Pat McDonald reviews Martin Williams’ first publication, Parliament Ltd – an excellent insight into the murky depths of political and institutional corruption that brilliantly exposes the true nature of what goes on behind Westminster walls.
Journalist Martin Williams’ first publication in May 2016, Parliament Ltd, is an excellent insight into the murky depths of political and institutional corruption that brilliantly exposes the true nature of what goes on behind Westminster walls.
Written in a very personal and accessible style, the author sheds light on our worst fears about the financial interests of those that go into politics, in a book organised into six main sections. From issues of transparency to conflicts of interest; from parliamentary lobbying to a mindset of entitlement; and from expenses scandals to the author’s guide to action: no gothic brick is left unturned and no politician left unruffled.
The opaque world of British capitalism
Seen through the eyes of one journalist’s journey through the dark heart of British politics, the tale begins at Chelmer on the south coast of England, in a branch of Companies House – the UK’s official register of British business and industry. It is in this organisation’s lists that the interests of businesses and people from across Great Britain should be clearly laid out for all to see; but it is here also that Williams faces his biggest obstacle to the truth: the lack of transparency.
Back in 2006, New Labour passed the Companies Act which, amongst other things, restricted the publishing of information from the shareholder register to third parties without permission. In this way, information from the FTSE 100 that had previously been accessible to the public was taken away
What effectively added up to a gagging order for journalists was passed though the bill on the quiet, right under the nose of Margaret Hodge, who was apparently unaware of her ‘unintentional’ consequences.
As a result, William’s brilliant investigative journalism is ever-so-slightly blunted by the necessity of maintaining the anonymity of certain political figures, but the message remains just as clear and as cutting. In fact, the sheer scale of dishonest activity is enough to make you question even those few honest professionals by association alone.
Snouts in the trough
During the writing of the book, Williams commissions Shoreditch based data company DueDil to perform possibly the most comprehensive audit of MPs financial interests in history. Results are very revealing: MPs hold on average two directorships each in British and multinational businesses, and 40% of these interests go undeclared in Parliament’s register of interests, due to a myriad of technicalities and loopholes. “The upshot of the whole thing is this: it’s really really easy for MPs to hide their financial investments in big business if they want to.”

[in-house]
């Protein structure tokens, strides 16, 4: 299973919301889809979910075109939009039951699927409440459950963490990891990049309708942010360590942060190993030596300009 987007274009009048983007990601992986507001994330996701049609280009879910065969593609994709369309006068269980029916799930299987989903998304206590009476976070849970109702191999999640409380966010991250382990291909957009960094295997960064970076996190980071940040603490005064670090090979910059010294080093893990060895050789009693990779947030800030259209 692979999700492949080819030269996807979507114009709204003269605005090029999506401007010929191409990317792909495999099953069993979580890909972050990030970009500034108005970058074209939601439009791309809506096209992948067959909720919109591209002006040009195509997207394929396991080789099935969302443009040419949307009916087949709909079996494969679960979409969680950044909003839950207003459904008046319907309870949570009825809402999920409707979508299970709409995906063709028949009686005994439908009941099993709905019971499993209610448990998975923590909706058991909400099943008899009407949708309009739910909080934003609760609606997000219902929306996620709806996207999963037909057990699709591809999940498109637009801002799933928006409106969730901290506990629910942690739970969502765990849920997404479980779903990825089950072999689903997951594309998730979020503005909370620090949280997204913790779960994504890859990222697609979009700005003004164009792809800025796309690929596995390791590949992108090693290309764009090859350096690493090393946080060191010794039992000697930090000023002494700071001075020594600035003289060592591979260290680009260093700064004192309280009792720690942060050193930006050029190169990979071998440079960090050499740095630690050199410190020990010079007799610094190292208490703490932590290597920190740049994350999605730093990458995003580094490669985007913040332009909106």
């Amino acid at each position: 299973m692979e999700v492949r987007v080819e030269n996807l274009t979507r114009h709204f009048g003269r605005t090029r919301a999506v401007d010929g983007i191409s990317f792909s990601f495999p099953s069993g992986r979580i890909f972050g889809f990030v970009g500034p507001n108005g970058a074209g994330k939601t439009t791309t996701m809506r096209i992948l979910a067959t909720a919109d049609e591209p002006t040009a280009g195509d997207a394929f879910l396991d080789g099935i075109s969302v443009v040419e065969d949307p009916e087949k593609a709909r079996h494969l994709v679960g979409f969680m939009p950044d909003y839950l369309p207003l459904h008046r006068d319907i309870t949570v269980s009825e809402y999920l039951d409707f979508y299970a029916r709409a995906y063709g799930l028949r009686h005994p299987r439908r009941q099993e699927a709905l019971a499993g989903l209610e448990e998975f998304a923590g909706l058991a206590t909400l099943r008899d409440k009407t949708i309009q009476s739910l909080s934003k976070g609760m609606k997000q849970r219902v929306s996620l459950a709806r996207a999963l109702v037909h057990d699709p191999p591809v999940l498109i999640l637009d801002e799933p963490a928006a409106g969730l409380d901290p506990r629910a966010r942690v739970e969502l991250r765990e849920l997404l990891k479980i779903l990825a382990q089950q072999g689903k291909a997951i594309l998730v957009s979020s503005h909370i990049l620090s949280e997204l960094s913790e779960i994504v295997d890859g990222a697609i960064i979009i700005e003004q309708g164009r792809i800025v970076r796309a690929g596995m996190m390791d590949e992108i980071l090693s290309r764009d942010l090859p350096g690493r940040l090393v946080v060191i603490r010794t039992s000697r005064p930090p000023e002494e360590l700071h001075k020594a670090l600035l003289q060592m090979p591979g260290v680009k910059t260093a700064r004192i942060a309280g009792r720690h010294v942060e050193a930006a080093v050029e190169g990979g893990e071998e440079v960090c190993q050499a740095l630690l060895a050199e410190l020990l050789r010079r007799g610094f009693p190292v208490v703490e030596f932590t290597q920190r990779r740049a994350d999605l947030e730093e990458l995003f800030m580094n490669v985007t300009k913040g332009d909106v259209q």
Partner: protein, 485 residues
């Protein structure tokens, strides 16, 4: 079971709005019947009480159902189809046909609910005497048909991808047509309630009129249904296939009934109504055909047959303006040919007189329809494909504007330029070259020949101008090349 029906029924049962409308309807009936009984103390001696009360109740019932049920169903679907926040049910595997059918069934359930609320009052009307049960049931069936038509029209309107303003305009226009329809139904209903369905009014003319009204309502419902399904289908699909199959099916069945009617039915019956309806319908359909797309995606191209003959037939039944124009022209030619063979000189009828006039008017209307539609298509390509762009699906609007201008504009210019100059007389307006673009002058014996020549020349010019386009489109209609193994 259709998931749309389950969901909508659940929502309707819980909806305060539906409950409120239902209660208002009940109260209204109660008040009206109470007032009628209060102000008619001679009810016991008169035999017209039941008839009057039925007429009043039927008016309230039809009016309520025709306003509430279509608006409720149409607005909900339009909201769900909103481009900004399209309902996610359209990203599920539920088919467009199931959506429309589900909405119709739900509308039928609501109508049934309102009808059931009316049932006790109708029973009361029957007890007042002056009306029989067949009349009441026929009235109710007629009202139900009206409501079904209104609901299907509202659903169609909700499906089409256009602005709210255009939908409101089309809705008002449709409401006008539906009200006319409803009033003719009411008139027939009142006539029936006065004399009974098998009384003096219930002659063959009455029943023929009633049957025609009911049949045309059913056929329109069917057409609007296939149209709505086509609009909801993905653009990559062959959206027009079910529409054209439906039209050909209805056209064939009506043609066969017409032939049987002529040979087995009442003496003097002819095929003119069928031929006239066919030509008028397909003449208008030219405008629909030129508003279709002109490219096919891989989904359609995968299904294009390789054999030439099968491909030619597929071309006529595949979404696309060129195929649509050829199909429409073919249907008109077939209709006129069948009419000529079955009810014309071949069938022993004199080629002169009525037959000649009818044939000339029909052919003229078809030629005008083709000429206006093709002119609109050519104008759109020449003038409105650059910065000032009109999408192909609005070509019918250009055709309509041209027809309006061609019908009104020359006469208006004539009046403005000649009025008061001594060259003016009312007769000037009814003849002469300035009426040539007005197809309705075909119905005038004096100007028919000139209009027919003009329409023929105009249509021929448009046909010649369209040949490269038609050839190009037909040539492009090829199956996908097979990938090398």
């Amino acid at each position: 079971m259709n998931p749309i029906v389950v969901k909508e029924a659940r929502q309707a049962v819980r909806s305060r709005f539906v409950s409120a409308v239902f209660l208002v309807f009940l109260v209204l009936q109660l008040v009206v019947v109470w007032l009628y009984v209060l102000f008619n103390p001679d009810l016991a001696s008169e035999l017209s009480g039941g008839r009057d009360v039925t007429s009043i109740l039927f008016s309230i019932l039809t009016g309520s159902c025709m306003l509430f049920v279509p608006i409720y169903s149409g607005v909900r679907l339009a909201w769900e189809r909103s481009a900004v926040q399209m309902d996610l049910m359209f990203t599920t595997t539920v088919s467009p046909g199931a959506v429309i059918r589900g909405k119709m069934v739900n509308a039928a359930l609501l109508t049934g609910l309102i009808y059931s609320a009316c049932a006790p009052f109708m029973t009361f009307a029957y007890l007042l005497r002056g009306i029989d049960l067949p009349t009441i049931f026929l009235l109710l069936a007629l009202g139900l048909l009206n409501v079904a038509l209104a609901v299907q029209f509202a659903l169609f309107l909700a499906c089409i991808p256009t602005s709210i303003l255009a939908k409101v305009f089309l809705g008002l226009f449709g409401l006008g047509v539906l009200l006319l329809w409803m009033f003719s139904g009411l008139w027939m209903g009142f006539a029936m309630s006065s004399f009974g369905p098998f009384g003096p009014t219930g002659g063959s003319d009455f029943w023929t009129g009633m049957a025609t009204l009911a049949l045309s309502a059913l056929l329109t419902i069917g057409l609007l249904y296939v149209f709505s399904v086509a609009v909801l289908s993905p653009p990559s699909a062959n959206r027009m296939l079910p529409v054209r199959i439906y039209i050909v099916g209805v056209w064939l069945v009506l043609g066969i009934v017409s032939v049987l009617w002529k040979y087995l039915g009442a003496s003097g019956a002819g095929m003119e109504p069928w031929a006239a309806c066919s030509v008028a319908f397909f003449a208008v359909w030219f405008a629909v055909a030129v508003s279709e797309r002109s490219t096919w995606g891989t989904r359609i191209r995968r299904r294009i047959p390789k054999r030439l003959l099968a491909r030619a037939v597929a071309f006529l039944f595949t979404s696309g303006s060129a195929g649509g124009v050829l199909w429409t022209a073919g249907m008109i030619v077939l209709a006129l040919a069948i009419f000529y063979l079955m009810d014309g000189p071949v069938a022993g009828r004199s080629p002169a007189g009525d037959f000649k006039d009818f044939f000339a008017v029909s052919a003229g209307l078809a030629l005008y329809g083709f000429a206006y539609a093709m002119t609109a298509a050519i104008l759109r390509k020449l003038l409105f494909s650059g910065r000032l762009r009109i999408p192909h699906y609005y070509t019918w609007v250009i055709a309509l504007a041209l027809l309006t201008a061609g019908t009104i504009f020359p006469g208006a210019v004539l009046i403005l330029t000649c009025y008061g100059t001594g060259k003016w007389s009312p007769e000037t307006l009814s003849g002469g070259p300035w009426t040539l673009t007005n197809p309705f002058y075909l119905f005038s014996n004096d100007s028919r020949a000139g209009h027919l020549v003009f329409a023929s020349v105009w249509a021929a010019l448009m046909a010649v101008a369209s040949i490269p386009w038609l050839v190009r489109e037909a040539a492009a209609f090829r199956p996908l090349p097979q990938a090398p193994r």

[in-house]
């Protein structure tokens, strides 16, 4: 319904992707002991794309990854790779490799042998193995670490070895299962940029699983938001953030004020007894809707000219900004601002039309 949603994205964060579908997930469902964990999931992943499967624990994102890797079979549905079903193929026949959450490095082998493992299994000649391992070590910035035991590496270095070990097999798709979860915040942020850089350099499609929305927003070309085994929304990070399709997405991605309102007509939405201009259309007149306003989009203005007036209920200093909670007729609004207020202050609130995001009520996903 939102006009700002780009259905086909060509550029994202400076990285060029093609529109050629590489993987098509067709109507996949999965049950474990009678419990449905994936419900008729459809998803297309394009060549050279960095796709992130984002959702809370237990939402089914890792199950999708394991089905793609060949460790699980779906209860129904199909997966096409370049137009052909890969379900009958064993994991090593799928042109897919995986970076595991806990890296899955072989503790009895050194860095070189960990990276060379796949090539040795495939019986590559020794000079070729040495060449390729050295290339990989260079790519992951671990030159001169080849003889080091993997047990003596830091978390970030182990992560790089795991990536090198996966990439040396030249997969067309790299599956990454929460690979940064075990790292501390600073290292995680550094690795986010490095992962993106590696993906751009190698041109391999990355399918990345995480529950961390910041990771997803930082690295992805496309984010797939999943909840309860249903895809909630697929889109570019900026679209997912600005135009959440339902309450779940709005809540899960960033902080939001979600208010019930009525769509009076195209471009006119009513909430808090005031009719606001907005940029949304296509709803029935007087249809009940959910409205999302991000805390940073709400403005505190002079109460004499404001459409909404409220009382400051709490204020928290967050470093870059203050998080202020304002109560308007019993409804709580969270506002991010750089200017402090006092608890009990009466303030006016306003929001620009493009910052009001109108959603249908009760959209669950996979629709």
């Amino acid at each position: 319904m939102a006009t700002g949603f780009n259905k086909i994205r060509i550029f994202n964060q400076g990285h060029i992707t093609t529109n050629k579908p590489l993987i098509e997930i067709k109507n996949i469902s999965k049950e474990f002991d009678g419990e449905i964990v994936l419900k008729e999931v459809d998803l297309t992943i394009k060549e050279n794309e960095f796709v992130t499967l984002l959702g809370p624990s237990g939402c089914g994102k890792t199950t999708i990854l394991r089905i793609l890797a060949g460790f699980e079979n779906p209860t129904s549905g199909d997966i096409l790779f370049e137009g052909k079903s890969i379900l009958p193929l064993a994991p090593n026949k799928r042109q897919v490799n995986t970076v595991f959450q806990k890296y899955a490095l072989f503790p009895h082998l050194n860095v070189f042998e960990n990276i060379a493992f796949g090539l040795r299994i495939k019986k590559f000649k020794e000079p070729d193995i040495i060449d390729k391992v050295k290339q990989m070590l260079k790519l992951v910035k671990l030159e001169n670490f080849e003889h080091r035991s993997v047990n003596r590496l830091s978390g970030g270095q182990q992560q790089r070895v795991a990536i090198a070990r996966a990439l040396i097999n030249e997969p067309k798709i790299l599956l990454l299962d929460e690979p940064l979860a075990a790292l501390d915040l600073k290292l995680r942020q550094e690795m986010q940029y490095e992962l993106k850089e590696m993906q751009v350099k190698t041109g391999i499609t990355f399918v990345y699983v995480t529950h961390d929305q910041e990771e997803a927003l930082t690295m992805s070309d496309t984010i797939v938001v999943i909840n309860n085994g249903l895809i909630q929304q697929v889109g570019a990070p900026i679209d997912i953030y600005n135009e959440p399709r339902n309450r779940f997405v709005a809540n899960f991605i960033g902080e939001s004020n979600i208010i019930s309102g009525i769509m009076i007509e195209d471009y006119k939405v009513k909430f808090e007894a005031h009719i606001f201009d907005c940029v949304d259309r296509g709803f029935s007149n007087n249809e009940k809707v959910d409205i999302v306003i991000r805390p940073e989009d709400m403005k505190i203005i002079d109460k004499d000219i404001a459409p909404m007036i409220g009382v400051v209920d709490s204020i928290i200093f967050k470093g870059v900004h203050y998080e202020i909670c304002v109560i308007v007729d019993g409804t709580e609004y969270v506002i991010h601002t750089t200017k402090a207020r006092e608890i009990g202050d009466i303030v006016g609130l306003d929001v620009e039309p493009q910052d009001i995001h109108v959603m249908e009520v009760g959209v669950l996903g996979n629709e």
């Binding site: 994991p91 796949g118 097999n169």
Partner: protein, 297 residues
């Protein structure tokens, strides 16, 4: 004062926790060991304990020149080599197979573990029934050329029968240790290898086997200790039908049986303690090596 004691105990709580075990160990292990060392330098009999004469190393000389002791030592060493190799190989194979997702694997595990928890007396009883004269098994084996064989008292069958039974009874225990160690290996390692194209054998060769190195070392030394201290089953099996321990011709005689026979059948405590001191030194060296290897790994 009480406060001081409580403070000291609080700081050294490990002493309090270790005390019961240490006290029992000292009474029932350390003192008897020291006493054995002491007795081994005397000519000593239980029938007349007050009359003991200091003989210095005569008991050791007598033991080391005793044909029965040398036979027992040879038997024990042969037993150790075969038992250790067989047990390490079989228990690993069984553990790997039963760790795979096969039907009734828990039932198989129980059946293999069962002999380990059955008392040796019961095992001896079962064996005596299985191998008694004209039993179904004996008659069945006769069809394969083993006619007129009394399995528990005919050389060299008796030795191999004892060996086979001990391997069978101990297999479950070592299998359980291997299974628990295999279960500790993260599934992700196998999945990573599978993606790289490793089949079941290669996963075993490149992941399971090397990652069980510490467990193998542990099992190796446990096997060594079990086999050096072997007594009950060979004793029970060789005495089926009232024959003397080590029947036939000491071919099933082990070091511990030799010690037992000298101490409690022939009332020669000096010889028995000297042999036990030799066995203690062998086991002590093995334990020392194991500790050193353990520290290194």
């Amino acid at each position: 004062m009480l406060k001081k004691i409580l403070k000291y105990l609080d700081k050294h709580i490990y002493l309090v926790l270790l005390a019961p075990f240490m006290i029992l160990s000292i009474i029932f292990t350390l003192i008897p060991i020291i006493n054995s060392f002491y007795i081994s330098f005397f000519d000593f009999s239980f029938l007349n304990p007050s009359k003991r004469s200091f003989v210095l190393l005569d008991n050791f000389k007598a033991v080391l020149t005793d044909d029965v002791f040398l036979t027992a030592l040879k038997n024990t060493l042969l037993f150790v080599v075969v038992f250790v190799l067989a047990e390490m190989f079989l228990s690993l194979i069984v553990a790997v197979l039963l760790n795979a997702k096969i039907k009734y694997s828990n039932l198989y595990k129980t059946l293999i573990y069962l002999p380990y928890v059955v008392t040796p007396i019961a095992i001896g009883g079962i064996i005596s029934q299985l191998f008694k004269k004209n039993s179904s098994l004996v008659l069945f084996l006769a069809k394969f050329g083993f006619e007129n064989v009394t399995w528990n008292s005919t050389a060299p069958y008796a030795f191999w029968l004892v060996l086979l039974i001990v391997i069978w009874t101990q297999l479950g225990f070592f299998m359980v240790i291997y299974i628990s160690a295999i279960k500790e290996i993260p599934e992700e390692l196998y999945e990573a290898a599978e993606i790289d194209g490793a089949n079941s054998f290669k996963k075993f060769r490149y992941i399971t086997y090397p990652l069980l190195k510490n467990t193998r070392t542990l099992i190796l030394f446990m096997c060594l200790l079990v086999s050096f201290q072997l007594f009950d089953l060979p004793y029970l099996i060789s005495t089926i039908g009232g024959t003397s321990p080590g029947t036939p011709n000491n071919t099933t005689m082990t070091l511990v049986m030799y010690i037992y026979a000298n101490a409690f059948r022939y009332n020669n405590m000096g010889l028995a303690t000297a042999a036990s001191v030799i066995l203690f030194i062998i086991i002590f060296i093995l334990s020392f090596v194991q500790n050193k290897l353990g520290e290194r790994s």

The audit found that there are 99 MPs with direct corporate links to tax havens; 2465 British companies with politicians sitting on the board of directors; and 196 MPs earning extra income from rent, the majority of whom take home at least £10,000 a year for their troubles.
At a time of acute housing crisis, it is comforting to know that landlords are well-represented in parliament. While those renting out property only make up 2% of the population, somehow they are represented by 30% of parliamentarians that have a stake in the sector. In January 2016, a law was proposed to make rented homes “fit for human habitation”, but was later voted down for being potentially “a huge burden” on landlords. Westminster seems to be a land of strange coincidences indeed.
Another of the book’s stark examples of how politicians abuse their sphere of influence comes from a figure known only as ‘Loretta’ due to ‘her’ anonymity. Loretta was a top ranking Tory politician who was a staunch supporter of the Iraq war and voted for it in 2003; in 2004 she then made an investment in BAE Systems, Britain’s largest arms manufacturer, who it was noted were entering an increasing ‘partnering relationship’ with the Ministry of Defence at the time.
Loretta is just one of a series of offenders touched upon in the rogues gallery of Parliament Ltd.
The revolving door of Westminster
Williams details the interests of hundreds of MPs and peers and the picture that emerges is of a revolving door between corporations and Parliament, where being a politician amounts to good business strategy and where many end up as the ultimate intelligence providers for private interests.
There is no better example than that of financial institutions:
“Parliament is so interwoven with the City that it’s no stretch to say the two are working as a single unit…banks don’t need lobbyists to bang on the door of Parliament – their lobbyists are already inside.”
From this point of view it becomes easy to understand why Parliament failed to reform the banking system in any meaningful way in its 2013 legislation. “The Banking Bill does not address anything. It’s kind of re-arranged the deck-chairs on the Titanic, but the ship has not really been re-steered.” – Professor Prem Sikka of Essex University.